Not only this, but established contacts are excellent resources for academics in identifying new networking – and, subsequently, employment – opportunities for their students, directly from the fields they are seeking to enter. Universities must encourage staff to allow students who are close to graduating to join their established networks. This will help students take the first step on the networking ladder and reach out to contacts who are already known to the university and thus more likely to be receptive to a student’s request to join their network.

Academics must also be encouraged to recommend and endorse students to their contacts. LinkedIn provides all members with the ability to endorse contacts on their network for key skills and experiences. Academics and university professionals should consider completing this activity for their students, just as they would do for their own professional contacts. This can be an effective means of providing students with a virtual introduction and help them kick-start their career following their studies.

Seeking your next role 

LinkedIn is now one of the leading UK recruitment channels for industry and white-collar professionals. This trend is changing, however, with anecdotal evidence suggesting that increasing numbers of educational providers are also using this channel to recruit. Rightly or wrongly, vacancies within academia are often filled through word of mouth and contacts, and the core purpose of LinkedIn, with its networking function, lends itself very well to this form of recruitment.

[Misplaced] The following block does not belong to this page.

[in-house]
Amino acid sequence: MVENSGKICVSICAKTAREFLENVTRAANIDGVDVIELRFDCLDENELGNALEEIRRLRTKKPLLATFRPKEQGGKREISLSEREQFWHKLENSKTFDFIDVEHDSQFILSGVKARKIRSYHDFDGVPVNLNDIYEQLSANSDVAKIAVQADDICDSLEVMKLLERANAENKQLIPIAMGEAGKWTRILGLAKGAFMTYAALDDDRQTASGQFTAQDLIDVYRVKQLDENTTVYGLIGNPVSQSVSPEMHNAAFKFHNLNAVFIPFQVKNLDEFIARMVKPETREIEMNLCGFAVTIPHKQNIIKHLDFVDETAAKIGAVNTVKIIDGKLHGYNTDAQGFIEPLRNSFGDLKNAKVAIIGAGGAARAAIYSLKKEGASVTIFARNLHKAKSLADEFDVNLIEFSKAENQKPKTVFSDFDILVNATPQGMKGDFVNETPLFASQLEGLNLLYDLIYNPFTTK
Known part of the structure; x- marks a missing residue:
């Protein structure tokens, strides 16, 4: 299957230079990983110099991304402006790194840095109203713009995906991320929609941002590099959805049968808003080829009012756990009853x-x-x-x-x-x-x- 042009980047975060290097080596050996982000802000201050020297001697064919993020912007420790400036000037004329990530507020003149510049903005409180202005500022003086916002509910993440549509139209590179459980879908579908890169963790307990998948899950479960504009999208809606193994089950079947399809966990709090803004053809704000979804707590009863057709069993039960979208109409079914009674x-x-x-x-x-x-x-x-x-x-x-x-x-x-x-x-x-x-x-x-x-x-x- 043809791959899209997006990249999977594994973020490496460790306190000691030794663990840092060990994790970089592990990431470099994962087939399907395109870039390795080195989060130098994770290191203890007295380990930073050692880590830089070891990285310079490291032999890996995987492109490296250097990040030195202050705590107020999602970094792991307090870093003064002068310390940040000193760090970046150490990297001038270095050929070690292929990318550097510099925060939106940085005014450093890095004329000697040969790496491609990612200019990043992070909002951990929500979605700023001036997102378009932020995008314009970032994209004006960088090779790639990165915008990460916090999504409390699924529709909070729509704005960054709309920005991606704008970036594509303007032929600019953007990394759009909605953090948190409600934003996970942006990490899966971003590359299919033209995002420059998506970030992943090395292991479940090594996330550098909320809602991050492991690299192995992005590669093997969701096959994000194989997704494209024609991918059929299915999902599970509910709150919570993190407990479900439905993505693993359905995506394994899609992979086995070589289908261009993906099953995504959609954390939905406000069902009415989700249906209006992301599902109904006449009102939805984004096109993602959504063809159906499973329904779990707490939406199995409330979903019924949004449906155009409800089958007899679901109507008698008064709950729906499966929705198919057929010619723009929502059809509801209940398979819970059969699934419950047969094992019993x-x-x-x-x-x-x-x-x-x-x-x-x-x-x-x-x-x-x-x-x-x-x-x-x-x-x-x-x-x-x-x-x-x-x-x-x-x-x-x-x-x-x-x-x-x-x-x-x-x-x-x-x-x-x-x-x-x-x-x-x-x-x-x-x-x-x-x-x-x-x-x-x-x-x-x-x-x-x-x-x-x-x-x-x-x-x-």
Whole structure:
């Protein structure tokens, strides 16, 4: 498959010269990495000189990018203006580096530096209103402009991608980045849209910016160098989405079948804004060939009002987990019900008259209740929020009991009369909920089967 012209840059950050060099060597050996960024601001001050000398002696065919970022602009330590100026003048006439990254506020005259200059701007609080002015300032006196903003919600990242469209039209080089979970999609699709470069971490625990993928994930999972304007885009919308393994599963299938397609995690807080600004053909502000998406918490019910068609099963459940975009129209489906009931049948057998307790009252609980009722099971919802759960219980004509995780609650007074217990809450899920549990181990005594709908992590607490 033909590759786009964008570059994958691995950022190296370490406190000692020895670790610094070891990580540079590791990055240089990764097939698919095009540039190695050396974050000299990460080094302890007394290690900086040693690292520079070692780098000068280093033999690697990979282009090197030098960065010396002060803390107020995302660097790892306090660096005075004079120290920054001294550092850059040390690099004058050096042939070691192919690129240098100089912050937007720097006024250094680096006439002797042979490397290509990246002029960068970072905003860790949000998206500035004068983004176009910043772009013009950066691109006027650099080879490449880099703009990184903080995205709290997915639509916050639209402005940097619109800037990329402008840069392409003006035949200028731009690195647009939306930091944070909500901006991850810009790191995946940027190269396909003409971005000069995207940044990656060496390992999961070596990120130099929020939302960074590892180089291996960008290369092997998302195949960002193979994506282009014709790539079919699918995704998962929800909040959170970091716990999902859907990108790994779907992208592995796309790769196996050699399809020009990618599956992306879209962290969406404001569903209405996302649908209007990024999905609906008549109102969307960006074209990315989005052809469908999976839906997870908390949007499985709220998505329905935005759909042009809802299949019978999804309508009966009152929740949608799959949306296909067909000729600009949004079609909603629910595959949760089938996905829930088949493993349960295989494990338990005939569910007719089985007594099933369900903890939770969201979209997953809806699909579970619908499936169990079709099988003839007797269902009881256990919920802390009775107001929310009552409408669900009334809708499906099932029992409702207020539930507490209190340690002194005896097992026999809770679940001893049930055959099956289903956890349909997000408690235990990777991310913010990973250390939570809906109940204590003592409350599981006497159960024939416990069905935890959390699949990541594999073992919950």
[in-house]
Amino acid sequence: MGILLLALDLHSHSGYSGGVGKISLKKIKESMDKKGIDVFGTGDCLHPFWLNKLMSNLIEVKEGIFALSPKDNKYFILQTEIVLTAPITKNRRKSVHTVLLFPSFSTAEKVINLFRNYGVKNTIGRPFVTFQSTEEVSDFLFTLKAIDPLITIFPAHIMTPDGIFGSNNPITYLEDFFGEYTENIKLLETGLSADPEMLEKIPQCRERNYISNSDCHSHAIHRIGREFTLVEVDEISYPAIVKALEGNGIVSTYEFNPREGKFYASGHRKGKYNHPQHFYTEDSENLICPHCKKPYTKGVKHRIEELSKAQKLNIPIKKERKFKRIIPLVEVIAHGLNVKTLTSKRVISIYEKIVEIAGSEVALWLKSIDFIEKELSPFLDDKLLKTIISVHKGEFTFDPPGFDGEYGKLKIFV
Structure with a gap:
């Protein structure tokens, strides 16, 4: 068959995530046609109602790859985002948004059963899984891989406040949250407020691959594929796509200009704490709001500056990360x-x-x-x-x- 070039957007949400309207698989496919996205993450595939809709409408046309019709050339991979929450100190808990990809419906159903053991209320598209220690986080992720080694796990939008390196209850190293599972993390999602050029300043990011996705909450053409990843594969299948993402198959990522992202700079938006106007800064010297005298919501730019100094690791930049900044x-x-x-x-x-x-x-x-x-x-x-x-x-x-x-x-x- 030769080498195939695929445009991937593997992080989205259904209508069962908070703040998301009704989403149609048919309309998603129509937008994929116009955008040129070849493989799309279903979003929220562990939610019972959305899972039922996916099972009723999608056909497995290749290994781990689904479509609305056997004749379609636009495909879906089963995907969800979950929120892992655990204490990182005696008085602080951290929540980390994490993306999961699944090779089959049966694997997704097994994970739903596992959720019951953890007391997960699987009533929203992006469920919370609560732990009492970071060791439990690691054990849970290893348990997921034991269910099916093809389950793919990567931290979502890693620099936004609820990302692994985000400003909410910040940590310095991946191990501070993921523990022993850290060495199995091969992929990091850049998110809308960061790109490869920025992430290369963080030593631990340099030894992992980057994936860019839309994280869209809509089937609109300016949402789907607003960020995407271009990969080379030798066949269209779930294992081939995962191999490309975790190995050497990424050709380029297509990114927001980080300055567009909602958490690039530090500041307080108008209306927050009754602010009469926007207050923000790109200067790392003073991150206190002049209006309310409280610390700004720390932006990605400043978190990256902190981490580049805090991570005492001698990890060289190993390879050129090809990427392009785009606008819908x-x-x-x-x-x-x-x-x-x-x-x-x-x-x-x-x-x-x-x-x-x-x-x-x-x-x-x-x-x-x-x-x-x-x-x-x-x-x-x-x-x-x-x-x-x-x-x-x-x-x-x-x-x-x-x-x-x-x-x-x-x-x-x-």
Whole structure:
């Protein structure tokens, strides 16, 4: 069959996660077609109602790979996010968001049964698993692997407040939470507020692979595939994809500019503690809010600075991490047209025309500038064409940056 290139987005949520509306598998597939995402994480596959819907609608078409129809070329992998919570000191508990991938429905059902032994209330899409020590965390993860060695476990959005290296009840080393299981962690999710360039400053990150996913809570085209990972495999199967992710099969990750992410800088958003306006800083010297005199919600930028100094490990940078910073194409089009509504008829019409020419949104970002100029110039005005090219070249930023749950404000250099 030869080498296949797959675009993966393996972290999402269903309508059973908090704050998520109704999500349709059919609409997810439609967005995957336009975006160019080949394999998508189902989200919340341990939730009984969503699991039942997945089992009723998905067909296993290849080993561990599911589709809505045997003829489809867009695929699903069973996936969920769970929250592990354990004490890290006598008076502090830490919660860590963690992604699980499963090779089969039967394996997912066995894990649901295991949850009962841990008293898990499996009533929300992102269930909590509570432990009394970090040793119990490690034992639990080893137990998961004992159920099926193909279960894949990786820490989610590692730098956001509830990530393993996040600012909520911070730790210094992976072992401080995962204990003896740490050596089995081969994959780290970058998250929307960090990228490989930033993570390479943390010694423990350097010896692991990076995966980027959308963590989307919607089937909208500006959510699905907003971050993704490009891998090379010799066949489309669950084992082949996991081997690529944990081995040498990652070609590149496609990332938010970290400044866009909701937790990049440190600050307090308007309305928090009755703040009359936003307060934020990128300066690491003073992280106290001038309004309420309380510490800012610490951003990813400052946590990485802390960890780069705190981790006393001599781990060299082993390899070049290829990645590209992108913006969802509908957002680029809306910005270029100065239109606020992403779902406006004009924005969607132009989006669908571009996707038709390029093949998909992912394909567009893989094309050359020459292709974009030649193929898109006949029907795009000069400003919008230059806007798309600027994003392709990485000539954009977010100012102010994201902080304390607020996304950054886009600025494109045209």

The same applies to students who are seeking their first step on the career ladder. We know that competition for graduate jobs is immense and, much like industry and academic posts, can be boosted by contacts and the ability to demonstrate work experience in the relevant field.

Academics must therefore emphasise the importance of LinkedIn and demonstrate how it allows students to fulfil these requirements through listing work experience and achievements on their profile, networking for potential recruiters and being able to view job opportunities directly from their networks.

Not only this, but universities and their careers departments must recognise that LinkedIn is now the go-to channel for recruitment and recruiters and is invaluable for seeking student recruiters, placements and internship opportunities. Gone are the days of student recruitment fairs – we are now living in a digital world and these networks are being built online.

Promoting your own work 

Another core benefit of LinkedIn is the ability to share work and achievements with a wider audience, as well as being an excellent vehicle for creating awareness of new and existing programmes. It is vital to build up robust networks of like-minded individuals who may want (at some point in the future) to enhance their career. Universities must therefore make it a point to ask graduating students to join them on LinkedIn and engage with their content – with the ultimate goal of growing lists of potential leads.

There is no going back – the future of academic networking and career progression is through social media. We must adopt a digital-first approach and embrace these channels fully if we want to keep up and be 21st-century educational providers.

Gillian McCurdy is head of the school of digital marketing and sales at Arden University, UK.